There are many challenges in polishing digital typography on the web to the high standards of traditional typesetting. One of these has to do with font sizing. If you're a web designer, it's likely you're carefully choosing your font families and font sizes. But the font you want might not download or it might not be available on the user's operating system. That why it's best practice to declare a stack of fonts in font-family to provide a fallback plan to the browser. The first font that's found is the one that gets used. Similarly, how big a font appears visually at a specific size is not something a web developer can control. Here is SF Hello on the left, and Baskerville on the right. They're typeset to be exactly the same size, but SF Hello looks much larger because it fills more space inside its line box. It has a larger x-height. This difference is caused by choices that were made when the font files were created. Here, I've got an example where I'm typesetting an article with font-size: 1.4rem, and I'm defining a simple font stack for any code that's inside that article. You can see how the code looks smaller than the paragraph text. It's especially noticeable if you compare the Fs. If the code falls back to monospace, then it looks bigger than the paragraph text. We can try to compensate by adjusting the font-size for code to be 120% of the article font-size, which might even out the sizes when Courier is used, but if the browser falls back to monospace, then the code ends up even bigger than the paragraph text. What we need is a way to tell the browser, "Please just make these two fonts look like they're the same size," and let it figure out how. That's exactly what font-size-adjust does. It adjusts how big a font looks to create visual consistency.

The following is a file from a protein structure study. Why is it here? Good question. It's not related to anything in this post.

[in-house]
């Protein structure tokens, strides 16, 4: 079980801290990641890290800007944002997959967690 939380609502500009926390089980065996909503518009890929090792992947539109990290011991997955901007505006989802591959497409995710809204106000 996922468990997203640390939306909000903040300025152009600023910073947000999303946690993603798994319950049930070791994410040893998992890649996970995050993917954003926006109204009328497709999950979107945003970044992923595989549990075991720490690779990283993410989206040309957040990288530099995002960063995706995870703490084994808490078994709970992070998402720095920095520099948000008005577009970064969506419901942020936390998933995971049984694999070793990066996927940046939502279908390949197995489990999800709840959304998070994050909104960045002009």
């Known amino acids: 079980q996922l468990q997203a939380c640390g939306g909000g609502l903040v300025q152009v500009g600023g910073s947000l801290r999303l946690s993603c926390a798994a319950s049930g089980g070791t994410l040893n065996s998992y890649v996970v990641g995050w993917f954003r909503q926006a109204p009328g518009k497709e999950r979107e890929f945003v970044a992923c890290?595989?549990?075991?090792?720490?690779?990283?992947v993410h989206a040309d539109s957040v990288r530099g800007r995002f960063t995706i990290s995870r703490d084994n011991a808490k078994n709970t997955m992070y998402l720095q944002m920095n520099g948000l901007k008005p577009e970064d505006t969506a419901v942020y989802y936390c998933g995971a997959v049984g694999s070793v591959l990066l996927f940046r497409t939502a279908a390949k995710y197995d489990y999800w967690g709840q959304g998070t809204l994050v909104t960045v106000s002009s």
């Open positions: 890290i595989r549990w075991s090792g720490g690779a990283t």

I've added one line of CSS-- font-size-adjust: 0.47-- and now my typeset code is visually consistent with the paragraph text, even for both fonts in the stack. But why 0.47? What does this number mean? For any Latin font you might use on the web, there's a ratio between the font's size and its x-height. It's a bit arbitrary what that ratio is, but usually it's around 50%. By applying font-size-adjust: 0.47 to the article element, I'm actually telling the browser to resize every font inside the article-- paragraph font, code font, no matter which font is used from either stack-- so the x-height of each is always 47% of the specified font-size. I picked 0.47 because it's what made Iowan Old Style look the same as it does without font-size-adjust applied. We shipped support for these basic capabilities of font-size-adjust in Safari 16.4. In Safari 17, we're adding support for more advanced capabilities. Wouldn't it be better if you didn't have to track down a magic number like 0.47 to try and make every font match your main font? The from-font value lets you tell the browser to just figure it all out. Also in Safari 17, we're adding support for the two-value syntax, which lets you specify which metric should be used when creating size consistency. By default, it's ex-height, but you can instead use cap-height, ch-width, ic-width, or ic-height. Safari 17 also adds support for the size-adjust descriptor, which lets you make a similar kind of adjustment when you set-up a font with a @font-face rule. That's font-size-adjust. It let's you have a bit more control over something that cannot easily be controlled with font-size alone. But even with new line height units, and the ability to adjust the visual size of your type, there are still things that can create wonky unevenness in your line box sizing. We are working on a few solutions to this problem.